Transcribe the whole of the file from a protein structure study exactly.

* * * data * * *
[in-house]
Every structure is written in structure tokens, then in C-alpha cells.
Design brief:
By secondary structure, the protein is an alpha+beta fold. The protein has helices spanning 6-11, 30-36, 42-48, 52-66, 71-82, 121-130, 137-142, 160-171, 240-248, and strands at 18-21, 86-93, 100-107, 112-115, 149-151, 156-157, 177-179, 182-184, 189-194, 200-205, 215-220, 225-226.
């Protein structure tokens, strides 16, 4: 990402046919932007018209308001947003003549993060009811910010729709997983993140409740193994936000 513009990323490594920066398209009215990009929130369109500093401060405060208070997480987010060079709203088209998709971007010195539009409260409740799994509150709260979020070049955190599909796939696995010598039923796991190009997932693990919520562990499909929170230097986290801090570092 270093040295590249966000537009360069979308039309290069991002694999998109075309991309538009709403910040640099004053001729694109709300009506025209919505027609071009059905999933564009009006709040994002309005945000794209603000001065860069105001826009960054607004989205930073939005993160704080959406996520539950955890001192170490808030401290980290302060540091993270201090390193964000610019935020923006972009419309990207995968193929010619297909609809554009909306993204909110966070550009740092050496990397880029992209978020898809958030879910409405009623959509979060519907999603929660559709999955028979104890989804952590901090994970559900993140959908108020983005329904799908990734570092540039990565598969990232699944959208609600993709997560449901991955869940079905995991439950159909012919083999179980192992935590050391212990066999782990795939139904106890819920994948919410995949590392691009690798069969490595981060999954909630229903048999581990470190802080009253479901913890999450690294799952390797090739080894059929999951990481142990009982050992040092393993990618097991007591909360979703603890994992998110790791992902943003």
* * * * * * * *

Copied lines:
[in-house]
Every structure is written in structure tokens, then in C-alpha cells.
Design brief:
By secondary structure, the protein is an alpha+beta fold. The protein has helices spanning 6-11, 30-36, 42-48, 52-66, 71-82, 121-130, 137-142, 160-171, 240-248, and strands at 18-21, 86-93, 100-107, 112-115, 149-151, 156-157, 177-179, 182-184, 189-194, 200-205, 215-220, 225-226.
């Protein structure tokens, strides 16, 4: 990402046919932007018209308001947003003549993060009811910010729709997983993140409740193994936000 513009990323490594920066398209009215990009929130369109500093401060405060208070997480987010060079709203088209998709971007010195539009409260409740799994509150709260979020070049955190599909796939696995010598039923796991190009997932693990919520562990499909929170230097986290801090570092 270093040295590249966000537009360069979308039309290069991002694999998109075309991309538009709403910040640099004053001729694109709300009506025209919505027609071009059905999933564009009006709040994002309005945000794209603000001065860069105001826009960054607004989205930073939005993160704080959406996520539950955890001192170490808030401290980290302060540091993270201090390193964000610019935020923006972009419309990207995968193929010619297909609809554009909306993204909110966070550009740092050496990397880029992209978020898809958030879910409405009623959509979060519907999603929660559709999955028979104890989804952590901090994970559900993140959908108020983005329904799908990734570092540039990565598969990232699944959208609600993709997560449901991955869940079905995991439950159909012919083999179980192992935590050391212990066999782990795939139904106890819920994948919410995949590392691009690798069969490595981060999954909630229903048999581990470190802080009253479901913890999450690294799952390797090739080894059929999951990481142990009982050992040092393993990618097991007591909360979703603890994992998110790791992902943003």